“Any magazine is, in the end, what a very small, self-selected group of people—its readers—wants it to be. And the magazine is shaped to that.”—Michael Kelly, “Editing a Thought-Leader Magazine”
The following is an excerpt from Michael Kelly’s essay in The Art of Making Magazines: On Being an Editor and Other Views from the Industry, edited by Victor Navasky and Evan Cornog. Kelly was an editor and award-winning reporter, editor-at-large for The Atlantic Monthly and a syndicated columnist for The Washington Post.
In his essay, “Editing a Thought-Leader Magazine,” Kelly reflects on one of his earliest assignments writing an article on sex in America for Playboy magazine and what it told him about how to think about a magazine’s audience.
I want to begin with a small story that reflects poorly upon myself. When I was beginning to freelance just before the Gulf War, and was very broke, I got a terrific windfall. I was living in Chicago, off my girlfriend’s earnings—I was making about $2,000 to $3,000 a year—when I met an editor from Playboy. Playboy was based—I guess still is based—in Chicago, so I had a chat with him, and to my astonishment got an assignment worth $5,000 or $6,000.
So for a couple of months I went all around the country—Playboy had a lot of money, and this was a subject dear to their heart, so they would okay any expense—and watched people make blue movies, and went to all sorts of clubs, straight clubs and gay clubs and swingers’ clubs and S&M clubs and so on. And the more I did it, the more depressed I got, because the world I was wandering in seemed, at least to me, a rather grim place filled with grim, sad men, pathetic really, engaged in a kind of dismal and pathetic pursuit.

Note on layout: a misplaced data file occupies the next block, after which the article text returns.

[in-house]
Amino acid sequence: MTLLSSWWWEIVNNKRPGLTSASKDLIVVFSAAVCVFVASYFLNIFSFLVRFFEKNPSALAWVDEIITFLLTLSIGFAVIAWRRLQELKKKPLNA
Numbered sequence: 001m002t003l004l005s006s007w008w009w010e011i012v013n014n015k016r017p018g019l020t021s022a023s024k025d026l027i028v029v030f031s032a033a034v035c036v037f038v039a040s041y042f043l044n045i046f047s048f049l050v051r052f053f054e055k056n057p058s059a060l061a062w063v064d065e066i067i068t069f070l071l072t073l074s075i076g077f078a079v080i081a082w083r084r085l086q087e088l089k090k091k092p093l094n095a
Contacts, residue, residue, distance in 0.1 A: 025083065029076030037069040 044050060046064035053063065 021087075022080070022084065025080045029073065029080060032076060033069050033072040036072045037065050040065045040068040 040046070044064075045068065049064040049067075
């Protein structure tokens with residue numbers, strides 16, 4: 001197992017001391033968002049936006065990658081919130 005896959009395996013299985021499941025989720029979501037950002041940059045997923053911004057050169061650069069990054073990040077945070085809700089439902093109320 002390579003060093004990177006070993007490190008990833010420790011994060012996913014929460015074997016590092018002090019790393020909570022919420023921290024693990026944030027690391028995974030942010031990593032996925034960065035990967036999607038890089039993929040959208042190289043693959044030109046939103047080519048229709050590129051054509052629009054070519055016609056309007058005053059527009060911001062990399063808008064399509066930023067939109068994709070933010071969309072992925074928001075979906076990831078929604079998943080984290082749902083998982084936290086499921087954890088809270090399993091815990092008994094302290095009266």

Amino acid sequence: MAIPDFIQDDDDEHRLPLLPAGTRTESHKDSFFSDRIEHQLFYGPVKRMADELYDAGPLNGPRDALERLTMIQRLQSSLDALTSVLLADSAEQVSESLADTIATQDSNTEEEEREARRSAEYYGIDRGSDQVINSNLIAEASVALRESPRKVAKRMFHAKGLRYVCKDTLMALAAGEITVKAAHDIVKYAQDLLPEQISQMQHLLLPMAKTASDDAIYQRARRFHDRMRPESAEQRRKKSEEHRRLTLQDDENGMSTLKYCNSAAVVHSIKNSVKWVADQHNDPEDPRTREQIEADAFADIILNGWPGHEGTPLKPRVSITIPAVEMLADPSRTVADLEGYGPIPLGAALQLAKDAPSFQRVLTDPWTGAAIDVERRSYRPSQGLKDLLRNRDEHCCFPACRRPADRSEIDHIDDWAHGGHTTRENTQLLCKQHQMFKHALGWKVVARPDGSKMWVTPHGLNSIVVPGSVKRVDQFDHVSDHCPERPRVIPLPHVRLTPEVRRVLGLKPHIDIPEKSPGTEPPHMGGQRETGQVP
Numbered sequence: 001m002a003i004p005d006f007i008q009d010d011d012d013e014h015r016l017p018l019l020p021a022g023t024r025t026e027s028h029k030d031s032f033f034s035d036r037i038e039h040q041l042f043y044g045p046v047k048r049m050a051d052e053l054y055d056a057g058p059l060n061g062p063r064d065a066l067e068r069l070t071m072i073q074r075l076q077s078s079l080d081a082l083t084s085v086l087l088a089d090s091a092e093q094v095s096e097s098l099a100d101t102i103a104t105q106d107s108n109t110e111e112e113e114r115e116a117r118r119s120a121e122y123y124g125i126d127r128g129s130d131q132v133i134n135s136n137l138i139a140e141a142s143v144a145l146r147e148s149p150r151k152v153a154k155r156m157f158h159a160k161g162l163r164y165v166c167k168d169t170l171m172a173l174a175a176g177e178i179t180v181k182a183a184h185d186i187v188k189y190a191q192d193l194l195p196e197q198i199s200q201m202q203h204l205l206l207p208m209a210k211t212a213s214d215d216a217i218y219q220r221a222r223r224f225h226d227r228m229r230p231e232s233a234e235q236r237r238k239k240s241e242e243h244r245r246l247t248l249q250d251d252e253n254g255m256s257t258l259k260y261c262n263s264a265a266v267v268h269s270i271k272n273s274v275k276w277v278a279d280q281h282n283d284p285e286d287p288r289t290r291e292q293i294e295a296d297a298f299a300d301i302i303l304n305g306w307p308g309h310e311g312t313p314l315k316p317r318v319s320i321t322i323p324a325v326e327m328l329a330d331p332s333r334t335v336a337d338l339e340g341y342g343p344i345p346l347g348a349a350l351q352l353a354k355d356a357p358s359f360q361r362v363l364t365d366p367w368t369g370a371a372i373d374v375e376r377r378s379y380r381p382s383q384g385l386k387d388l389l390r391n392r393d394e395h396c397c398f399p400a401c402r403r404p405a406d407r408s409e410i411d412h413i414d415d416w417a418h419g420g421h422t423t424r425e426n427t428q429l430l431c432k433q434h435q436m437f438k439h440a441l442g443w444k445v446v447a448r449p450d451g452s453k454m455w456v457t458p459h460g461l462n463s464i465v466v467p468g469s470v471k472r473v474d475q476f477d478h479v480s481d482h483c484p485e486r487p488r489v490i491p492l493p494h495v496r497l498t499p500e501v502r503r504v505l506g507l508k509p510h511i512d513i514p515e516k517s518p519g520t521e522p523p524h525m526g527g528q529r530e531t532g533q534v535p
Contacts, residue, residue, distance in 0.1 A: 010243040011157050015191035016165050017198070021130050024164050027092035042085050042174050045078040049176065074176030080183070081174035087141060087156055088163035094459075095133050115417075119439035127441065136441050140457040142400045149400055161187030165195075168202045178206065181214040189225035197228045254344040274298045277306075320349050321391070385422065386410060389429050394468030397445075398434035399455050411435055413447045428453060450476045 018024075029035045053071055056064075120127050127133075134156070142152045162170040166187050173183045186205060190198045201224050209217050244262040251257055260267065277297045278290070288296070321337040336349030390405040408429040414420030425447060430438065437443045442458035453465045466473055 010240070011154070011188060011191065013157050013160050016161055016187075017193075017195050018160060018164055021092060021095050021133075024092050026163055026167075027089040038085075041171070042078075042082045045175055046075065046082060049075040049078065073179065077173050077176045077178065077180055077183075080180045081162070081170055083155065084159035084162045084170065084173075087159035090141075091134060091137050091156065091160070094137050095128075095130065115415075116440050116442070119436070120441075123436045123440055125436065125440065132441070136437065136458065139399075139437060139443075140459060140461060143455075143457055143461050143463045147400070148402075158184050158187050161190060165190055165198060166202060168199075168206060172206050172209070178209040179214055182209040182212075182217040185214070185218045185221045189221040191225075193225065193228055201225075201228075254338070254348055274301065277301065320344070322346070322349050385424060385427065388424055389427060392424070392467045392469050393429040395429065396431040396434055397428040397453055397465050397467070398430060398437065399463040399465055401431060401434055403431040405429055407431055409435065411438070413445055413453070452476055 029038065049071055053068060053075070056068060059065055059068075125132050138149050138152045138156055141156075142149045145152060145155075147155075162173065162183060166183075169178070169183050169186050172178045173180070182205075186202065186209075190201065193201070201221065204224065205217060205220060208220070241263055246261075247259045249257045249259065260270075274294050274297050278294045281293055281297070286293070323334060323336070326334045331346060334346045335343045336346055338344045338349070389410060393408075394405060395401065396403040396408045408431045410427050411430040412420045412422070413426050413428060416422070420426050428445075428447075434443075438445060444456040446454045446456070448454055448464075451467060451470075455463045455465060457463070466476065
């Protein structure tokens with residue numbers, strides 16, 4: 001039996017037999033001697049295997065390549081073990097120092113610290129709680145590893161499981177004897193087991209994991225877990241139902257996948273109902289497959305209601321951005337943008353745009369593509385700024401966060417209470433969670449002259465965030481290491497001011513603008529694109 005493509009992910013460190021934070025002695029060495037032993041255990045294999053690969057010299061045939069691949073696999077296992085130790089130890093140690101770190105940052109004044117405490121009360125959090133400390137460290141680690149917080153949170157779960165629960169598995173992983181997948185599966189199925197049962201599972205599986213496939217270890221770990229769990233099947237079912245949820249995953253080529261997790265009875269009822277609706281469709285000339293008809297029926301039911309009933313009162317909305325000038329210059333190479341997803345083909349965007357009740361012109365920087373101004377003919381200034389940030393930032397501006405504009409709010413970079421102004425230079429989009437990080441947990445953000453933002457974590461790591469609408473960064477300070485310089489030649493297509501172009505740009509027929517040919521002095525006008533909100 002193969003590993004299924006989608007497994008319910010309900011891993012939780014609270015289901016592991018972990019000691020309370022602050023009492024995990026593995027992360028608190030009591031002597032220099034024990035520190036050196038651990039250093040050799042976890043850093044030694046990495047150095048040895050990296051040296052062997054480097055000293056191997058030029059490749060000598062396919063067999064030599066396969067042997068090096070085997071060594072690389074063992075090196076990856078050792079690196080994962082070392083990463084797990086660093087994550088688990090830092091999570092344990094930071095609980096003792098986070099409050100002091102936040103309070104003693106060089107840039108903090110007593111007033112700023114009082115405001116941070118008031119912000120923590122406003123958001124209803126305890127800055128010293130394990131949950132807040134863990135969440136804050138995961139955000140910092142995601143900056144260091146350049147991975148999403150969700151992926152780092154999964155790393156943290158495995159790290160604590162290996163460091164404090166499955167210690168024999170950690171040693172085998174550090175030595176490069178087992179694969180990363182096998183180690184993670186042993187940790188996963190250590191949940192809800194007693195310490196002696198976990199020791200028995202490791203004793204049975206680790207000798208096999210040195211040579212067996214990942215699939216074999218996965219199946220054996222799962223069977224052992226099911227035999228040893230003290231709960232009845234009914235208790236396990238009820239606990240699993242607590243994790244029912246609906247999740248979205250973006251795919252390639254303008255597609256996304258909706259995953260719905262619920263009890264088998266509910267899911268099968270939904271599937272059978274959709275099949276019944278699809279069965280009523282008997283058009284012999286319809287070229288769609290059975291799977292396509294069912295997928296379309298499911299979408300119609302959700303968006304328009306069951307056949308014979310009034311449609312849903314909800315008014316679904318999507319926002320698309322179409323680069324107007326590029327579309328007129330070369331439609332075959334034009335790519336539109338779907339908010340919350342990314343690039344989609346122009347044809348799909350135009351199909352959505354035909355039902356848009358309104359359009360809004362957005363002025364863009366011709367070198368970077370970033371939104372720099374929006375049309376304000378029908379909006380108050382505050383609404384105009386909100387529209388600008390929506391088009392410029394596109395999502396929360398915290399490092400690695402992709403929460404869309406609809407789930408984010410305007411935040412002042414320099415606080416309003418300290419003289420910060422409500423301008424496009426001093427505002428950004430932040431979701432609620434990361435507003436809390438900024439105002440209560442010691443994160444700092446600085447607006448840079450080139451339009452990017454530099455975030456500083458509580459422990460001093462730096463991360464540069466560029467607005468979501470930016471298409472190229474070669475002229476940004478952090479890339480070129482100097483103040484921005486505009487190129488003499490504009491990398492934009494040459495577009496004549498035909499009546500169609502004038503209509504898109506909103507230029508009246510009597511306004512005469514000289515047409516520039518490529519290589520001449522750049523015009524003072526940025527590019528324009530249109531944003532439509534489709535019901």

But it was the first time I had ever gotten material that I thought could be written up at length in a descriptive fashion, which was the kind of writing I wanted to do. So I really worked at the writing and wrote this long, bleak, despairing, grim, sordid story of sex in America, mostly focusing on the god-awful wretchedness of all the men out there that I was taking notes on
And then I handed it in to my editor, and he called me in a few days later for lunch and he said, “This is really a nice piece of writing. You really captured something here, and you’ve really got down on paper the sheer awfulness of these guys’ lives, how sad and lonely and pathetic they are.” And I said, “Thank you very much.”
He said, “Here at Playboy we have a term for those men.” And I said, “Really?” He said, “Yes, we call them our readers.”
He rejected the piece, and I would like to stand here and tell you that I stood on the principle of my art and pocketed the kill fee. But I really needed all the money, so I took the piece home and rewrote it, and in the end it turned out to be upbeat and positive and cheerful. I still have the original somewhere, and maybe I’ll get it published one of these days, but it taught me a lesson—that I sort of absorbed at the time and sort of didn’t—about what magazines were and how they were different from the world I had come from, the newspaper world. (I’d been a newspaper reporter for about twelve years before that.)< What that taught me begins with the notion that any magazine is, in the end, what a very small, self-selected group of people—its readers—wants it to be. And the magazine is shaped to that. It may not be shaped to that explicitly when the magazine starts and defines itself, but it is shaped like that along the way. And in this way, magazines assume what becomes almost an organic form, which is very hard to change.